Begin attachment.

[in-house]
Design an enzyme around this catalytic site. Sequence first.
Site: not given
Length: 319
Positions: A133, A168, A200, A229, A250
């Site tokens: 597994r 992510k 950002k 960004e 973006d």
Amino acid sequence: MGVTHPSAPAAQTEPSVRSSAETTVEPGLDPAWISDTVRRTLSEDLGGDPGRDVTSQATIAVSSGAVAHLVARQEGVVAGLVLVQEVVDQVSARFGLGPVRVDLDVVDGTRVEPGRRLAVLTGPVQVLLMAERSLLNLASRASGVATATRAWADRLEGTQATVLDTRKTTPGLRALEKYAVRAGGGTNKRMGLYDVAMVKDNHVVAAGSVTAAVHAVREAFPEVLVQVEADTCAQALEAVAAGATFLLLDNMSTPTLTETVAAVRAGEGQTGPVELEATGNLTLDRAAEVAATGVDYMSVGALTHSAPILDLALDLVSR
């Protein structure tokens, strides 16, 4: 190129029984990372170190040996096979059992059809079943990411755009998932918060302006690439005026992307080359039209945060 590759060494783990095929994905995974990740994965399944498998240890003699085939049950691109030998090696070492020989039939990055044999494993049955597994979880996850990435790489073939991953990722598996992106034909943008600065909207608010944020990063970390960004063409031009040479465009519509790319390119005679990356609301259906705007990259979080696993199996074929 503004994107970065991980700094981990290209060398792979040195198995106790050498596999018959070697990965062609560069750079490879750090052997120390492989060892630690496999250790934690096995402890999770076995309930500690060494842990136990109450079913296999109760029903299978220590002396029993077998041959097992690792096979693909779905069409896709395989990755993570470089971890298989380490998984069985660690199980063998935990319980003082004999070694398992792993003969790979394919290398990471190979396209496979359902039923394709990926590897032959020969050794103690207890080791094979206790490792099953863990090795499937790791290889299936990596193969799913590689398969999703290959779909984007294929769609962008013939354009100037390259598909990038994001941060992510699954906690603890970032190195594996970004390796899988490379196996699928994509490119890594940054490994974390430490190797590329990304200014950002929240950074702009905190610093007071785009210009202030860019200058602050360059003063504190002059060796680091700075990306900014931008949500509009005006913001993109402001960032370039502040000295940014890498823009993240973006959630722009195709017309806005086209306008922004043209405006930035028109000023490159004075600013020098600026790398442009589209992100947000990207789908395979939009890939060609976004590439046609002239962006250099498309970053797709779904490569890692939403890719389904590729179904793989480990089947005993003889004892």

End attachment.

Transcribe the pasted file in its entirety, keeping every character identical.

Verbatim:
[in-house]
Design an enzyme around this catalytic site. Sequence first.
Site: not given
Length: 319
Positions: A133, A168, A200, A229, A250
């Site tokens: 597994r 992510k 950002k 960004e 973006d």
Amino acid sequence: MGVTHPSAPAAQTEPSVRSSAETTVEPGLDPAWISDTVRRTLSEDLGGDPGRDVTSQATIAVSSGAVAHLVARQEGVVAGLVLVQEVVDQVSARFGLGPVRVDLDVVDGTRVEPGRRLAVLTGPVQVLLMAERSLLNLASRASGVATATRAWADRLEGTQATVLDTRKTTPGLRALEKYAVRAGGGTNKRMGLYDVAMVKDNHVVAAGSVTAAVHAVREAFPEVLVQVEADTCAQALEAVAAGATFLLLDNMSTPTLTETVAAVRAGEGQTGPVELEATGNLTLDRAAEVAATGVDYMSVGALTHSAPILDLALDLVSR
């Protein structure tokens, strides 16, 4: 190129029984990372170190040996096979059992059809079943990411755009998932918060302006690439005026992307080359039209945060 590759060494783990095929994905995974990740994965399944498998240890003699085939049950691109030998090696070492020989039939990055044999494993049955597994979880996850990435790489073939991953990722598996992106034909943008600065909207608010944020990063970390960004063409031009040479465009519509790319390119005679990356609301259906705007990259979080696993199996074929 503004994107970065991980700094981990290209060398792979040195198995106790050498596999018959070697990965062609560069750079490879750090052997120390492989060892630690496999250790934690096995402890999770076995309930500690060494842990136990109450079913296999109760029903299978220590002396029993077998041959097992690792096979693909779905069409896709395989990755993570470089971890298989380490998984069985660690199980063998935990319980003082004999070694398992792993003969790979394919290398990471190979396209496979359902039923394709990926590897032959020969050794103690207890080791094979206790490792099953863990090795499937790791290889299936990596193969799913590689398969999703290959779909984007294929769609962008013939354009100037390259598909990038994001941060992510699954906690603890970032190195594996970004390796899988490379196996699928994509490119890594940054490994974390430490190797590329990304200014950002929240950074702009905190610093007071785009210009202030860019200058602050360059003063504190002059060796680091700075990306900014931008949500509009005006913001993109402001960032370039502040000295940014890498823009993240973006959630722009195709017309806005086209306008922004043209405006930035028109000023490159004075600013020098600026790398442009589209992100947000990207789908395979939009890939060609976004590439046609002239962006250099498309970053797709779904490569890692939403890719389904590729179904793989480990089947005993003889004892």